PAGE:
• Description: Whether to enable the new replica scheduling mode. The new replica scheduling method is the replica scheduling method introduced in this document. If turned on, disable_colocate_join must be true. Because the new scheduling strategy does not support data fragmentation scheduling of co-locotion tables for the time being.
    • Default value:true
    • Importance: High
  • tablet_repair_delay_factor_second

    • Note: For different scheduling priorities, we will delay different time to start repairing. In order to prevent a large number of unnecessary replica repair tasks from occurring in the process of routine restart and upgrade. This parameter is a reference coefficient. For HIGH priority, the delay is the reference coefficient 1; for NORMAL priority, the delay is the reference coefficient 2; for LOW priority, the delay is the reference coefficient * 3. That is, the lower the priority, the longer the delay waiting time. If the user wants to repair the copy as soon as possible, this parameter can be reduced appropriately.
    • Default value: 60 seconds
    • Importance: High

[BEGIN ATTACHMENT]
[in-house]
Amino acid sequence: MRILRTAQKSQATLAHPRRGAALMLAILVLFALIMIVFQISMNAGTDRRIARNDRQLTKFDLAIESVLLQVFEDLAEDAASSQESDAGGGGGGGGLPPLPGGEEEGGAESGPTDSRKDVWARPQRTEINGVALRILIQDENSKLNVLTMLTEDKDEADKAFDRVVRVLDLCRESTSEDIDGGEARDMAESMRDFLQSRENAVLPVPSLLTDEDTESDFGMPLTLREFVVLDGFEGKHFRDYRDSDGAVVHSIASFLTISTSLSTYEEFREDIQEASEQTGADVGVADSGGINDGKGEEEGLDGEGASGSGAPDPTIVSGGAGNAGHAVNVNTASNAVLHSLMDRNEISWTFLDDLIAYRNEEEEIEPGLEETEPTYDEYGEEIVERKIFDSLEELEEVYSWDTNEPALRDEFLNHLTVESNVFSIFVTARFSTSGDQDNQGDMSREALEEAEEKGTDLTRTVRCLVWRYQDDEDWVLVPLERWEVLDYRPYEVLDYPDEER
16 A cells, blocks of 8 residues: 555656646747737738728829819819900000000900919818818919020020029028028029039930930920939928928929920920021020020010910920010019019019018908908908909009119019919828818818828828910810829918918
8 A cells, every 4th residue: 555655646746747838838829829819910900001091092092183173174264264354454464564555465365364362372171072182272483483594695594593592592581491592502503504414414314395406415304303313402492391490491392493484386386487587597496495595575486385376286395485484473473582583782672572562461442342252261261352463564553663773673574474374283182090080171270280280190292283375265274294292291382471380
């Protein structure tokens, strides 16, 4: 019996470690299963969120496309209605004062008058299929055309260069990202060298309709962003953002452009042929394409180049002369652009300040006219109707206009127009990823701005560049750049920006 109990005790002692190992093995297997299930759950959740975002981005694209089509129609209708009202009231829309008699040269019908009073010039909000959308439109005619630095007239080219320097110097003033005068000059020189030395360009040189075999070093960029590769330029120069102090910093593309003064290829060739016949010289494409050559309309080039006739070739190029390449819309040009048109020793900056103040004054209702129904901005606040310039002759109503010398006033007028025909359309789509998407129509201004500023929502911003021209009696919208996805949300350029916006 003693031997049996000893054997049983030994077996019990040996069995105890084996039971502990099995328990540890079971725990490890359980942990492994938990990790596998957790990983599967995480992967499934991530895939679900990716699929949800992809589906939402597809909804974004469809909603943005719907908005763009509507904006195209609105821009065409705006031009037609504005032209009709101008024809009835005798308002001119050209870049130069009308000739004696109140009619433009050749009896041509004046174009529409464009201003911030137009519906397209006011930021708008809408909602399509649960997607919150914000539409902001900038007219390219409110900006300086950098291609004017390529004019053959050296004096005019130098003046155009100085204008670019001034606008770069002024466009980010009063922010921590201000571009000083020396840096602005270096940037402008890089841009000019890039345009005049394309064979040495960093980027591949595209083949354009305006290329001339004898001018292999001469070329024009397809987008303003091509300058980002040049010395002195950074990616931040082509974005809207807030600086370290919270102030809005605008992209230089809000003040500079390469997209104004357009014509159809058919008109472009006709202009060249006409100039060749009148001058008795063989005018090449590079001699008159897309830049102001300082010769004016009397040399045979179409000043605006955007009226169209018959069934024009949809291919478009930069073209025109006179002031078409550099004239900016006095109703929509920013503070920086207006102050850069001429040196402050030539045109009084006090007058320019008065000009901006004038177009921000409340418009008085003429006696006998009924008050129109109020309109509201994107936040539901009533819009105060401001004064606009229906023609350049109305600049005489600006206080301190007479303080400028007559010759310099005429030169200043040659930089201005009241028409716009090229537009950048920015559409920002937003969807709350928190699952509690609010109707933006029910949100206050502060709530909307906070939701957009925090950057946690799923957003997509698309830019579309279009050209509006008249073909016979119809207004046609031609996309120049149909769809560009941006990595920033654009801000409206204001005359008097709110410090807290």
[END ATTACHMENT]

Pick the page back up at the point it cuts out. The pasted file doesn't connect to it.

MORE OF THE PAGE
• schedule_slot_num_per_path

    • Note: The default number of slots allocated to each disk for replica repair. This number represents the number of replica repair tasks that a disk can run simultaneously. If you want to repair the copy faster, you can adjust this parameter appropriately. The higher the single value, the greater the impact on IO.
    • Default value: 2
    • Importance: High
  • balance_load_score_threshold

    • Description: Threshold of Cluster Equilibrium. The default is 0.1, or 10%. When the load core of a BE node is not higher than or less than 10% of the average load core, we think that the node is balanced. If you want to make the cluster load more even, you can adjust this parameter appropriately.
    • Default value: 0.1
    • Importance:
  • storage_high_watermark_usage_percent 和 storage_min_left_capacity_bytes

    • Description: These two parameters represent the upper limit of the maximum space utilization of a disk and the lower limit of the minimum space remaining, respectively. When the space utilization of a disk is greater than the upper limit or the remaining space is less than the lower limit, the disk will no longer be used as the destination address for balanced scheduling.
    • Default values: 0.85 and 1048576000 (1GB)
    • Importance:
  • disable_balance

    • Description: Control whether to turn off the balancing function. When replicas are in equilibrium, some functions, such as ALTER TABLE, will be banned. Equilibrium can last for a long time. Therefore, if the user wants to do the prohibited operation as soon as possible. This parameter can be set to true to turn off balanced scheduling.